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When to visit New Orleans & what to do

Feb 22, 2017 by Jamie Gallerani

An impressive music tradition, some of the Deep South’s best cuisine, alluring Cajun culture—New Orleans is a multifaceted cultural gem. Whether you’re zipping through the Louisiana Bayou on an airboat or eating some of the city’s best beignets, there are so many reasons to visit New Orleans on tour any time of year.

Visit New Orleans in the Spring to...

Have a shouting match at the Tennessee Williams Literary Festival.

Writers, performers, and award-winning speakers gather each March to attend this five-day event, which celebrates the arts and sings an ode to the literary accomplishments of author Tennessee Williams. One of the festival’s biggest draws? The Stella shouting contest in Jackson Square. Attendees try their best to imitate character Stanley Kowalski from the iconic Williams novel A Streetcar Named Desire by shouting “Stella!” into the crowd—and the winners take home a trophy.

Get caught up in the jazz scene at the New Orleans Jazz & Heritage Festival.

This annual event is a true celebration of the city’s proud history and deep-rooted musical legacy, and features talented performers across 12 stages. Pay a visit to “The Big Easy” to jam to live tunes by soulful musicians from around the world, and discover why New Orleans so proudly wears the title as the birthplace of jazz.

Take a trip in the summer to…

Attend the French Market Creole Tomato Festival.

June brings with it Louisiana’s peak Creole tomato season, and New Orleanians mark the occasion the way they do best: with music and festivities. Hundreds of tomato lovers make their way to the French Market—distinguished as the oldest marketplace in the U.S.—to browse locally grown produce, watch a tomato-eating competition, and sample the fruit in all different forms. From tasting fried green tomatoes and bloody marys to noshing on tomato crawfish pies, this is the event to attend if you want a new perspective on an ingredient central to southern cuisine.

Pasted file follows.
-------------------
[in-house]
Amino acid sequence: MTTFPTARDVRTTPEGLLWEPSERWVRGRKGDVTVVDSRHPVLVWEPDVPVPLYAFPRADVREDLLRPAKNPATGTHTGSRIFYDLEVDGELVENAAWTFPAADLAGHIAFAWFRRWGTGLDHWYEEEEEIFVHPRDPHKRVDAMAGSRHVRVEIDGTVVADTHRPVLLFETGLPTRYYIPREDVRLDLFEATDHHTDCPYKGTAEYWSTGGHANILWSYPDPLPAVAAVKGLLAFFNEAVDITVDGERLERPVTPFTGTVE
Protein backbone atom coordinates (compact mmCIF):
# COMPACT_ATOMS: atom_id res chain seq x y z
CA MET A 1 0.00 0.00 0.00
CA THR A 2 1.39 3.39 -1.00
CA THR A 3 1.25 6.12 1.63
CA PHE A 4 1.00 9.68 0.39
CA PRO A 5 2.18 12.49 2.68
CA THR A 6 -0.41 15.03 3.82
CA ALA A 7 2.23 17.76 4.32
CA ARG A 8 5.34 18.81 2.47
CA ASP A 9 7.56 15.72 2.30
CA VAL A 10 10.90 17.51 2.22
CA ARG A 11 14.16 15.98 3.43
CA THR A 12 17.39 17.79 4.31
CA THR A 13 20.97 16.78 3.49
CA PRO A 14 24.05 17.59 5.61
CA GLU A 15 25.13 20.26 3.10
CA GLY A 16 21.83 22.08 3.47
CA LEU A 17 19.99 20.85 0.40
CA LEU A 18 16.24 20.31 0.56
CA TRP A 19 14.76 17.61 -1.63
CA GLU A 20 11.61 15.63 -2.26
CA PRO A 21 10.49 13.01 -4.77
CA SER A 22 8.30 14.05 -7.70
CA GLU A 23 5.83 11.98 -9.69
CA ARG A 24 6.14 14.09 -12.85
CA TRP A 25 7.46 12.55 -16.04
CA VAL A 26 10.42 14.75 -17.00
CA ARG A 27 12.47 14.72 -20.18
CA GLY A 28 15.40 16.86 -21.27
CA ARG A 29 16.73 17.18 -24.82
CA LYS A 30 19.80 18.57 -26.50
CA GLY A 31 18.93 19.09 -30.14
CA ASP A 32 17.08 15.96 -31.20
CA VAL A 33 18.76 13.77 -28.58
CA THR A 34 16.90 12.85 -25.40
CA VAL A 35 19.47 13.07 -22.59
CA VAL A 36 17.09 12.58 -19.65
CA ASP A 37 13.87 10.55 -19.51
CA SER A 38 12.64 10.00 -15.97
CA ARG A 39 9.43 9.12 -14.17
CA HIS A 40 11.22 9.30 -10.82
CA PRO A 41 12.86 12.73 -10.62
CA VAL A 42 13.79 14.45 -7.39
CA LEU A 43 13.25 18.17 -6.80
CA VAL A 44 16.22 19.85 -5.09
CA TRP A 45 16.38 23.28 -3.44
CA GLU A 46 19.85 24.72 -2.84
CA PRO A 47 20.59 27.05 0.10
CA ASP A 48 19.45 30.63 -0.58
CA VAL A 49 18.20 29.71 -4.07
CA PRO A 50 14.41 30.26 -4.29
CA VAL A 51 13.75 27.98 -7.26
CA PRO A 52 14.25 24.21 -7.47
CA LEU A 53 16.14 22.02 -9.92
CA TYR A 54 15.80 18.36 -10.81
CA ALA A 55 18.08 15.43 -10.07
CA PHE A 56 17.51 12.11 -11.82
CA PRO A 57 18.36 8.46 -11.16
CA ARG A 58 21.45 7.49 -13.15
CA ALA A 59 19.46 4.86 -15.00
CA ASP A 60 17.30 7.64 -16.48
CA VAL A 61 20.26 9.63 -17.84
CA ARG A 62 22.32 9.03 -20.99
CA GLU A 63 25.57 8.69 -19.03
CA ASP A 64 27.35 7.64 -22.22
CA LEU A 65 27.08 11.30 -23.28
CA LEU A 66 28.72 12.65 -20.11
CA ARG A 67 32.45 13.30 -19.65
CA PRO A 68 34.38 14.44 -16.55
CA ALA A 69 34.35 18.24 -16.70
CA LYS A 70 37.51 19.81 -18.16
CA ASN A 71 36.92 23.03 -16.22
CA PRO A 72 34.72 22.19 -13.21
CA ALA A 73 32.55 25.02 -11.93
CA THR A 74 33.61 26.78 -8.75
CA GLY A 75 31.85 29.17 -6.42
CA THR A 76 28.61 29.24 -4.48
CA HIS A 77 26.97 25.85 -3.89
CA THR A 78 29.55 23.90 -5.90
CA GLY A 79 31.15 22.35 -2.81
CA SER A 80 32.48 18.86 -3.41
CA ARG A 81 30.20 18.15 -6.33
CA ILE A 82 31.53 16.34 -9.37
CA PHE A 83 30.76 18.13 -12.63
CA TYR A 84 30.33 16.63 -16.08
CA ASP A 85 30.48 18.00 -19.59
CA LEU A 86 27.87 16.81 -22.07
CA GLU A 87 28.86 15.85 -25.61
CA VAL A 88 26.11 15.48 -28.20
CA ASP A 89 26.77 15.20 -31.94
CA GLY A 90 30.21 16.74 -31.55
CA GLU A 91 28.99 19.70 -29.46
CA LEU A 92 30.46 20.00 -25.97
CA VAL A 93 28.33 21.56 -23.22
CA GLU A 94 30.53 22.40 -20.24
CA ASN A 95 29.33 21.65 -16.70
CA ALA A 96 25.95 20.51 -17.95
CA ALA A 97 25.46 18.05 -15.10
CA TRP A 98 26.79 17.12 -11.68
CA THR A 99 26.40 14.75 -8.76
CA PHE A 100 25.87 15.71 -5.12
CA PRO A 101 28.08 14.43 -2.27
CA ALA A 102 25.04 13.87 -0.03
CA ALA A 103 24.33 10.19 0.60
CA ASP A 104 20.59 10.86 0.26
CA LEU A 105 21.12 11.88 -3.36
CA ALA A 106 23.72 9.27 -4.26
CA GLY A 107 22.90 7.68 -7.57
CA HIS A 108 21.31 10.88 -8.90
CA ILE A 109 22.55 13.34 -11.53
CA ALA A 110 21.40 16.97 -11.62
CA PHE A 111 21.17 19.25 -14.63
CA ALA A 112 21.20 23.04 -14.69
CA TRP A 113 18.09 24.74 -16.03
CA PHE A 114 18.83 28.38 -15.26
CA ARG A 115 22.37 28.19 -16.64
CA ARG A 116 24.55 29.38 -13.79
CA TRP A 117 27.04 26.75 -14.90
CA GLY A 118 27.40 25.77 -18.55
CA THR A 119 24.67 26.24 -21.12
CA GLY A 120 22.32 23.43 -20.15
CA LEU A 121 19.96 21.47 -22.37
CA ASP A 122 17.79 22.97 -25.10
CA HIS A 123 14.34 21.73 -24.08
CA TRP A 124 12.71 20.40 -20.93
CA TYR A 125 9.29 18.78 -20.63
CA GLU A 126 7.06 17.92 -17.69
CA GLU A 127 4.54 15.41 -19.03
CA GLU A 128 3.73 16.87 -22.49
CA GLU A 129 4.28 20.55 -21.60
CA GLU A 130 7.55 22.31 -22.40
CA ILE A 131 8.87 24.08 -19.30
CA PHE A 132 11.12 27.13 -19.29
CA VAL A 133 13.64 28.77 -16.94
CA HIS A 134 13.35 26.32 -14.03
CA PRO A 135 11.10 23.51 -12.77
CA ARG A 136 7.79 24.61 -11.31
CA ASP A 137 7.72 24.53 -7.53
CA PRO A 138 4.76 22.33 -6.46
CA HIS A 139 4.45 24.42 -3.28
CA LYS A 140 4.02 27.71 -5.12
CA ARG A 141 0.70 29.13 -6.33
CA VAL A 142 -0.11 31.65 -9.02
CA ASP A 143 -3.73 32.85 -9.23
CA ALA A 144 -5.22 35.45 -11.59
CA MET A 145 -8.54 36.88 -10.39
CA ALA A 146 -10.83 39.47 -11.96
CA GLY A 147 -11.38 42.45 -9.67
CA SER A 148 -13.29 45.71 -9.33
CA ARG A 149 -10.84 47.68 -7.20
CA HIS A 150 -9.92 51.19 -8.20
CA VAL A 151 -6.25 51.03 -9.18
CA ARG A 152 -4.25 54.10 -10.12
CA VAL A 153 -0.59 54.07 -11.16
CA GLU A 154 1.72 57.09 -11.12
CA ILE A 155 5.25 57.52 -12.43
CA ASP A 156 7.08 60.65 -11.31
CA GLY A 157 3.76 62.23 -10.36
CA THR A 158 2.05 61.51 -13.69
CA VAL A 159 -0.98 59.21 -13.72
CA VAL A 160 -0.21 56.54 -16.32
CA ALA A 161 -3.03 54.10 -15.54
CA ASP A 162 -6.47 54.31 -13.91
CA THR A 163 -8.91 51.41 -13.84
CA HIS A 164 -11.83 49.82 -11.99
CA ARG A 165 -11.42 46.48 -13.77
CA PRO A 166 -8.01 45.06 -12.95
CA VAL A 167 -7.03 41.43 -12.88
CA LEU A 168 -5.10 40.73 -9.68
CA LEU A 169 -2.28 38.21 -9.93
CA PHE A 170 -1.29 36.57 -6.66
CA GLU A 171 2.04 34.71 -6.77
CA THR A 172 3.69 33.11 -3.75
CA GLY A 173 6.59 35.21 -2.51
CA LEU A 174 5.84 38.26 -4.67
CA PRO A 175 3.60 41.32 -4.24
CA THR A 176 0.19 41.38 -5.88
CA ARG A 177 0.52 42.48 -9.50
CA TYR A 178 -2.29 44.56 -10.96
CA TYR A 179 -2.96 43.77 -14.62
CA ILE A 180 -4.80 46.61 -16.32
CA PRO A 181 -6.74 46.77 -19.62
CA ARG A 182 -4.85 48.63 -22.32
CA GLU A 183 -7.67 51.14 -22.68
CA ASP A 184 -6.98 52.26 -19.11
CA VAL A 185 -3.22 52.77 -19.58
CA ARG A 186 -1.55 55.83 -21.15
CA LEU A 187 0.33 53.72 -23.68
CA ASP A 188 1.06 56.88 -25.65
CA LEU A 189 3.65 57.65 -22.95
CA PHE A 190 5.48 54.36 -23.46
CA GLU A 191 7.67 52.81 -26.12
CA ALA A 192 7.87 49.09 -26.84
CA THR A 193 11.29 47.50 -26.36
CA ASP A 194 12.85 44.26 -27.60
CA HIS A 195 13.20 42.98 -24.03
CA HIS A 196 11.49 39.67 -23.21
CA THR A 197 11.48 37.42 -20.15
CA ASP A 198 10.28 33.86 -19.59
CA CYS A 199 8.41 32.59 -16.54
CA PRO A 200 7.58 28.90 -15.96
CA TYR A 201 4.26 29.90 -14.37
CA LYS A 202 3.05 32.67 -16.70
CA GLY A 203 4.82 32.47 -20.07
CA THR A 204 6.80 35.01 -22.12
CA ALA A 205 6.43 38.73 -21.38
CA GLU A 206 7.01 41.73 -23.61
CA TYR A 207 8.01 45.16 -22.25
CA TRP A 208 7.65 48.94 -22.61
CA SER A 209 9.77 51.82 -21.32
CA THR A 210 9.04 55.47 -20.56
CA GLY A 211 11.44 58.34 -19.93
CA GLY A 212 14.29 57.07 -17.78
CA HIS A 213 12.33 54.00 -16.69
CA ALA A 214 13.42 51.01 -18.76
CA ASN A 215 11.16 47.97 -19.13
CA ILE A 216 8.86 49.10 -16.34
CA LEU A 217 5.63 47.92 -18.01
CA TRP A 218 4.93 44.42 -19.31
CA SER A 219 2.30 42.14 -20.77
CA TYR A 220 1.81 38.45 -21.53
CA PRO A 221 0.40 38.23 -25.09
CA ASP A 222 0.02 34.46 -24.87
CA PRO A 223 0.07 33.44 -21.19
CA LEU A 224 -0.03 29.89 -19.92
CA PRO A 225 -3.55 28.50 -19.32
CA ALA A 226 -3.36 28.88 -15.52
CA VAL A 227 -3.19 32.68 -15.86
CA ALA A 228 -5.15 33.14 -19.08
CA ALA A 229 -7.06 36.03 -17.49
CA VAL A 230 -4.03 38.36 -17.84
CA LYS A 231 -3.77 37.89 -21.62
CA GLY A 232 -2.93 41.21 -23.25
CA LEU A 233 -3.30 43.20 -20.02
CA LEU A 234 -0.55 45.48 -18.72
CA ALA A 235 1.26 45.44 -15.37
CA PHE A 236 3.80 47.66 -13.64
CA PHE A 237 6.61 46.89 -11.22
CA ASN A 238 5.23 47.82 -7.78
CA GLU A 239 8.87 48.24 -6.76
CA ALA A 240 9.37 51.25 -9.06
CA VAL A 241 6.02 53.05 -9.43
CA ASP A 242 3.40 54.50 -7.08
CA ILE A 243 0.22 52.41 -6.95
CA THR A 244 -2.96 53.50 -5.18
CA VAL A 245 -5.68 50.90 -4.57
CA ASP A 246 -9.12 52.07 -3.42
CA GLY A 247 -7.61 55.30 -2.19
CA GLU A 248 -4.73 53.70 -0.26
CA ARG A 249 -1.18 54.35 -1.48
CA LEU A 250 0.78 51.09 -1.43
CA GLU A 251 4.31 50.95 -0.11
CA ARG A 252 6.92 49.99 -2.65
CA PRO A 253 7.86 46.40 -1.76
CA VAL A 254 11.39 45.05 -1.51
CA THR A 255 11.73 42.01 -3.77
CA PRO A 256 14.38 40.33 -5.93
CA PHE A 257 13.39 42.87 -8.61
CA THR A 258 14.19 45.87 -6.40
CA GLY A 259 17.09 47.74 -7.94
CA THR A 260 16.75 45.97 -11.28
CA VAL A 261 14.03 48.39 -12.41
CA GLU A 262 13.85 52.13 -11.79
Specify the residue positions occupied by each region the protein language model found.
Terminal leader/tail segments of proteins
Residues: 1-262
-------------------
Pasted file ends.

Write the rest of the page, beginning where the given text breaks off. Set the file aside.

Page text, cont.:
Cool down with a frosty Sazerac on Bastille Day.

New Orleans is known for this iconic beverage—it is the city’s official cocktail, after all—and sipping one at July’s Bastille Day celebrations is the perfect way to cool down during the South’s summer months. The potent tonic of rye whiskey, Peychaud’s bitters, and Herbsaint dates back to the early 1800s, and is a mainstay on menus throughout the city. Celebrate New Orleans’ French heritage at the annual block party while getting a taste of the city’s cocktail history.

Travel to New Orleans in the fall to…

Fill up at the Oak Street Po-Boy Festival.

This legendary sandwich is practically synonymous with New Orleans, and you can try one of every kind at its October festival—washed down with a local craft beer, of course. Not in the mood for a po-boy? Not to worry. When it comes to comfort food, New Orleanians do it right, and fall is the time to dig into a variety of tempting dishes. Grab a bowl of shrimp gumbo or jambalaya, savor a sugar-dusted beignet at Café du Monde, or fill up on oysters on the half shell and other fresh fish at a seafood boil. One thing you’ll never be is hungry in New Orleans.

You guessed it, listen to more jazz.

This music genre is well-loved all year long in New Orleans, and locals make an event of it at Jazz in the Park. The free concert series runs in the spring from March to June and in the fall from September to October in Louis Armstrong Park, which honors the eponymous jazz legend. It’s the place to sway to live music, admire work by up-and-coming artists, and dig into the city’s delicious food and drink.

Go to New Orleans in the winter to…

Revel in Mardi Gras celebrations.

From the costumes and feathers to the elaborate floats created by different “krewes,” Mardi Gras is New Orleans’ most iconic event. This awe-inspiring parade is often called “the greatest free show on earth,” and for good reason. Thousands of merry-makers decked out in green, purple, and gold stroll down Bourbon Street and beyond, vying for beads and a coveted Zulu coconut. And, while the main event takes place on Fat Tuesday, the whole Mardi Gras season lasts from January to March, allowing for more time to get in on the celebration.

Go caroling in Jackson Square.

This iconic portion of the French Quarter was declared a National Historic Landmark in 1960, and is the place to be a few days before Christmas when carolers gather in front of St. Louis Cathedral. Locals and visitors alike take part in the special holiday event, when the square fills with the glow of candlelight and melodies sung by hundreds of attendees. If a visit to New Orleans in late-December is on your list, this memorable event is a must.

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About the author | Jamie Gallerani
It was Jamie’s homestay in Germany that made her fall in love with travel (and her studies in Florence that really sealed the deal). When she’s not writing and sharing the magic of seeing the world with others, she’s usually on the lookout for her new favorite memoir, testing out recipes at home, or visiting her family on Cape Cod.

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